The Israeli government is pulling out all of its usual tricks. It is clear from Netanyahu’s demands that a nuclear deal include recognition of Israel’s right to exist and that it address Tehran’s support for Hezbollah and Iran, that the Israeli prime minister will never accept any deal with the current Iranian regime — much like his approach to the two-state solution.
One might be tempted to think that disagreements about technicalities and tactics aside, Israel and the United States are on the same page about the overarching goal of nuclear negotiations with Iran. They are not.
The goal of the United States and the other P5+1 states is simple: reach an agreement in which Iran willingly gives up any nuclear ambitions and implements tangible mechanisms to reassure the world it is doing so. In other words, to stop Iran from getting the bomb.
Israel, or at least Benjamin Netanyahu and those he has enlisted to his cause over the past 20 years, wants something entirely different. Netanyahu wants Tehran to change its entire regional strategic thinking — to throw its allies to the wayside and to embrace its enemies. He wants regime change.
That gaping divergence of goals and worldviews has been on full display in recent days as both the Netanyahu and Obama administrations went on the offensive to attack and defend the most basic precepts of the preliminary nuclear deal, respectively.
Speaking on primetime Israeli television Monday night, Obama’s Deputy National Security Advisor Ben Rhodes rebuffed the interviewer’s question as to whether the United States genuinely believes that as a result of the agreement, Iran will “suddenly become the local nice guy,” referring to its expanding sphere of influence in the Middle East, often times attained with the help of violence.
“The question is will they be supported in all that behavior in the region backed by a nuclear weapons capability,” Rhodes responded. In other words, the United States is not trying to change what Iran is, at least in the short term, but it believes it can change what weapons it possesses, thereby limiting the threat it can pose the region and Israel.
President Obama used much clearer words in response to Netanyahu’s surprise demand that the nuclear deal include Iranian recognition of Israel’s right to exist.
What Israel is demanding, Obama told NPR, “is really akin to saying that we won’t sign a deal unless the nature of the Iranian regime completely transforms. And that is, I think, a fundamental misjudgment.”
Israel doesn’t really want regime change to be part of a nuclear deal. It doesn’t really need or want Iran to recognize its right to exist, not as a Jewish state or as anything else. What is taking place is Netanyahu is adapting the “no partner” lexicon he long ago coined as an excuse for not seeking a two-state solution with the Palestinians — or rather, one of his excuses.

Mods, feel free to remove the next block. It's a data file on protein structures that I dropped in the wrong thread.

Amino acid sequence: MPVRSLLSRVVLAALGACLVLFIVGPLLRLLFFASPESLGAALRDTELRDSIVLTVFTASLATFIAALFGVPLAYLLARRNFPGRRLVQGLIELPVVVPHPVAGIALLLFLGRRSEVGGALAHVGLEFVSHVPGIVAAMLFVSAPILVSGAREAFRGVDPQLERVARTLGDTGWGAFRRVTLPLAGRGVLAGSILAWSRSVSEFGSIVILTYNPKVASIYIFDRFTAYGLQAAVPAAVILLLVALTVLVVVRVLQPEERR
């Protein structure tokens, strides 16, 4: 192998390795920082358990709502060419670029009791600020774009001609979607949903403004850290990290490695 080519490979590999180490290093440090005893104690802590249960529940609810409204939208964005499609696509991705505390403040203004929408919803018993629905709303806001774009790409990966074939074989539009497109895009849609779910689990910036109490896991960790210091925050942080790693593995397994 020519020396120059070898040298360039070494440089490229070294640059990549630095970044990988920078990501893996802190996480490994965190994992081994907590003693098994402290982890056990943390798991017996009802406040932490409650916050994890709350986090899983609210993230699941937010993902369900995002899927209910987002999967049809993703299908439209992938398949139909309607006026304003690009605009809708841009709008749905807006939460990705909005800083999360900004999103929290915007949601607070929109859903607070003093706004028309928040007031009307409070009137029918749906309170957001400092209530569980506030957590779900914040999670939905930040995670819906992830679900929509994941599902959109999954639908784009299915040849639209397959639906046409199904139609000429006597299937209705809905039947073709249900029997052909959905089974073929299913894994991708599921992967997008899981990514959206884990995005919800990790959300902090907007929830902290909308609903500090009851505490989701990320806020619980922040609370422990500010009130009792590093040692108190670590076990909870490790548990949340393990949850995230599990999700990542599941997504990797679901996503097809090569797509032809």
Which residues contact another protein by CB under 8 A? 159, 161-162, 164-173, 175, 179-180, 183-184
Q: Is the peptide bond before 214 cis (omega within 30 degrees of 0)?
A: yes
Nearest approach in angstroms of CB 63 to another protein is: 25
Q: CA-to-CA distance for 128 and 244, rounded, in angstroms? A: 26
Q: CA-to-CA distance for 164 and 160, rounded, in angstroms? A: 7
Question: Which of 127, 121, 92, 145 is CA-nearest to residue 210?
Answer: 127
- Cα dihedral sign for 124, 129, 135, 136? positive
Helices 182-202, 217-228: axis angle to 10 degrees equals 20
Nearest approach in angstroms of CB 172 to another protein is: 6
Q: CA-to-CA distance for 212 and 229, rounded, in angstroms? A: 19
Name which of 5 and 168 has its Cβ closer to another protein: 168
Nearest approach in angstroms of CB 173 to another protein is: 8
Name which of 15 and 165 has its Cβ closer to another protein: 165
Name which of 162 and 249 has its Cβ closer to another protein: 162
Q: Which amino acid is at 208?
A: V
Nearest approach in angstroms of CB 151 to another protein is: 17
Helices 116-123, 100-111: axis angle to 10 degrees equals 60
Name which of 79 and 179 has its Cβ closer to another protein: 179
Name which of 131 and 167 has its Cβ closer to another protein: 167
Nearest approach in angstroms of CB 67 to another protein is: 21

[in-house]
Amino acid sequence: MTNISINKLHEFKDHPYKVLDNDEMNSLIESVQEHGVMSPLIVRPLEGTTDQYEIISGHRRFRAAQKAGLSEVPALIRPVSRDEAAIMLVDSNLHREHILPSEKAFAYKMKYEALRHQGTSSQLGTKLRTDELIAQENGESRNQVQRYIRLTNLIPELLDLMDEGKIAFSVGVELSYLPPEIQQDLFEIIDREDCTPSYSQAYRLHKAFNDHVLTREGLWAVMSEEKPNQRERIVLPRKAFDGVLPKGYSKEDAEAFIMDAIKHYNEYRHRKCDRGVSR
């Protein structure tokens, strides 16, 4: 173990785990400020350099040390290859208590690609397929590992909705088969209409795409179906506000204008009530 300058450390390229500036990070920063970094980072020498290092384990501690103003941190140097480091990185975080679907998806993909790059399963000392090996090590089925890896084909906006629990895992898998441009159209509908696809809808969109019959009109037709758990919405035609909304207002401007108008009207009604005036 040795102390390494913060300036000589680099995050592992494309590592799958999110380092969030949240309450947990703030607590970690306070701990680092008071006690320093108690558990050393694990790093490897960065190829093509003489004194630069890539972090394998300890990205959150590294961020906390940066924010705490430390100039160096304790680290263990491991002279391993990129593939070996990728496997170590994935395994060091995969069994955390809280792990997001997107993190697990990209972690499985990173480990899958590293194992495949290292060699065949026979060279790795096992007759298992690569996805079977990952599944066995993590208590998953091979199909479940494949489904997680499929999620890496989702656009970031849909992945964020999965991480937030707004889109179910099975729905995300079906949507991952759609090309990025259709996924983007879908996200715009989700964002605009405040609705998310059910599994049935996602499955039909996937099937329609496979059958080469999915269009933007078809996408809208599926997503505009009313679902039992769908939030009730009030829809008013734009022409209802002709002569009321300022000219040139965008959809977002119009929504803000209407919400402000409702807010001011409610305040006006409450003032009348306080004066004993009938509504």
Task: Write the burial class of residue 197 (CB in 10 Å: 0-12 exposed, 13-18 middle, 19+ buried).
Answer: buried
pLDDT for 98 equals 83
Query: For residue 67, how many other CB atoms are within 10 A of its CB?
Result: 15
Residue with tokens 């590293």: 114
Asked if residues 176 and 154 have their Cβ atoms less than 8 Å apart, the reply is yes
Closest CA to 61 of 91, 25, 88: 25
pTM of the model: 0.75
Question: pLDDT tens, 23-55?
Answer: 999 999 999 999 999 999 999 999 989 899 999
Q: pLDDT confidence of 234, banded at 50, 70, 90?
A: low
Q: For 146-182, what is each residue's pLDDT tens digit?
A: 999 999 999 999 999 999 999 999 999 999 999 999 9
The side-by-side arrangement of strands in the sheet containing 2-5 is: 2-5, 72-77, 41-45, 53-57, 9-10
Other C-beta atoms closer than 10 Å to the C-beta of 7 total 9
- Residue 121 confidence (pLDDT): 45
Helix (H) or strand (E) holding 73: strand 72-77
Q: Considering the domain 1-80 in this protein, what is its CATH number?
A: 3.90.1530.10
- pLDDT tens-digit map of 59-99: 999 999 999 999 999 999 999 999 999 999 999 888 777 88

Does Israel want any deal?
Responding to the Obama administration’s attempts to sell the Iran deal to skeptics in the U.S. and Israel, Israeli Defense Minister Moshe Ya’alon made some technical arguments about what he described as the deal’s flaws. But he also went far further.
The nuclear deal doesn’t even mention Iran’s involvement in Yemen, or its support for Hezbollah and Hamas, Ya’alon told Channel 2 in response to Rhodes’s interview Monday night.
That argument should raise serious questions for anybody who believes Netanyahu when he says he is not opposed to a deal in principle but that he wants a better deal. Making demands about recognizing Israel, Iran’s support for terrorist organizations and other non-sequiturs in relation to a nuclear deal is to say that a nuclear deal is not enough.
What Israel really wants is a different Iran. Of course any deal that delays or eliminates any nuclear weapons program is good for the region, is good for Israel and is good for the world. Israel knows that. Netanyahu knows that. But his decades-long campaign against Iranian nuclear proliferation has not really focused on Iran’s nuclear program. It has been about the Iranian regime, about the mullahs, about the ayatollahs, about irrational actors and messianic fanatics — “the insatiable crocodile of militant Islam,” as he described it a few years ago.
There never was and there never will be a nuclear deal with the current Iranian regime that Netanyahu will or can accept. Doing so would mean deflating the larger-than-life boogieman he has so scrupulously crafted for decades. It’s much easier to find red herrings, to explain why the other side can’t be trusted, or why they are not even a partner worthy of building trust.
Iran, to Netanyahu’s Israel, is not an equal — it is not worthy of equality. For if the world recognizes Iran’s right to a peaceful civilian nuclear program, of its right to live without sanctions, what is next? Do they also have a right to “keep all options on the table?” And more significantly, if Iran and Israel are equals, worthy of being treated equally as sovereign states, what does that say about Israel’s “right” to nuclear weapons?